The Court of Appeal's decision to set aside a five -year jail term imposed on a national tenpin bowling ace for statutory rape may paint the picture that the rich and famous "can get away with crime, fears a parliamentarian.
It is as if "the scales of justice are tilted more in the favour of the famous, wealthy and connected", said Teluk Intan DAP MP M Manogaran (left) in a statement today.
As reported by national news agency Bernama yesterday, Noor Afizal Azizan escaped jail when the Appeallate Court allowed his appeal to restore the decision of a Sessions Court which bound him over for good behaviour for five years, in a sum of RM25,000 for statutory rape.
The three-member bench led by Court of Appeal president Raus Md Sharif unanimously set aside the five-year jail term imposed on Noor Afizal by the Malacca High Court in allowing the prosecution's appeal for an enhanced sentence.
Raus, in his decision, agreed with counsel Hisyam Teh Poh Teik that public interest would not be served if Noor Afizal was sent to jail as he had a bright future.
Open season for rapists?
The Sessions Court, in binding him over, considered several factors, including consensual sexual relationship between him and the girl.
Such reasoning, posited the MP is unacceptable as it opens the gates to those with a bright future to engage in rape at will even with minors.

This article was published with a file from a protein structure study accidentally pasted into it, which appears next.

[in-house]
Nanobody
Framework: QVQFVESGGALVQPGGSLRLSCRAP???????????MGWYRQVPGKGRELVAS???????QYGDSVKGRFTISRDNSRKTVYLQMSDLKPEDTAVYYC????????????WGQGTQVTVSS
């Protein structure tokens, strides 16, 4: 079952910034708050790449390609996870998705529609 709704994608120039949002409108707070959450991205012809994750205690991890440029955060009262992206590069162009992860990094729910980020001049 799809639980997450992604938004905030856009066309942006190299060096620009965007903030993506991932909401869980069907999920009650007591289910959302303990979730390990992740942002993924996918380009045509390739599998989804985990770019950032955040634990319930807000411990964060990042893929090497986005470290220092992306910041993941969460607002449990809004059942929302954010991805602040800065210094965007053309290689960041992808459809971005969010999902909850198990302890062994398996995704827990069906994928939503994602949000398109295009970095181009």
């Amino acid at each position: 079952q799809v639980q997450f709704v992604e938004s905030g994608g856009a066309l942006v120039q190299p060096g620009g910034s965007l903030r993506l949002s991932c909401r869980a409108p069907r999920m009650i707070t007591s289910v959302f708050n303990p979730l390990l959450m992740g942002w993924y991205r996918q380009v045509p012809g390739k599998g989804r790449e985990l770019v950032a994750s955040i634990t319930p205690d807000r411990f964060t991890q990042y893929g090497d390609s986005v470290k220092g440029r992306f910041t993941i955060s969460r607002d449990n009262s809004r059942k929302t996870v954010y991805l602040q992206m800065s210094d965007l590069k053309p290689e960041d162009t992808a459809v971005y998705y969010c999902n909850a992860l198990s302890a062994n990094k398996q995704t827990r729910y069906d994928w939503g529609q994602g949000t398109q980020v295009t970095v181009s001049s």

"Did they consider the girl's future?" he asked.
Manogaran warned the Federal Court and Attorney-General's Chambers to take serious notice as the decision may send the wrong signals to the public that:
- Certain members of the public can get away with crime if they are popular, famous, public figures or celebrities;
- Our system of sentencing is inconsistent as the decision flies in the face of the norm;
- Children, especially girls, are not protected by the law;
- Our prosecutors are incapable of securing proper convictions and sentences;
- The scale of justice are tilted towards those who are famous, wealthy and connected; and,
- Consensual sexual relationships with minors are condoned by the law.
At a time when sexual crimes are rising, Manogaran wondered why the courts would temper justice with mercy on the offender when a clearer message should have been sent as deterrent.
Noor Afizal's ‘light' sentence has drawn widespread criticism from the public when it was made known.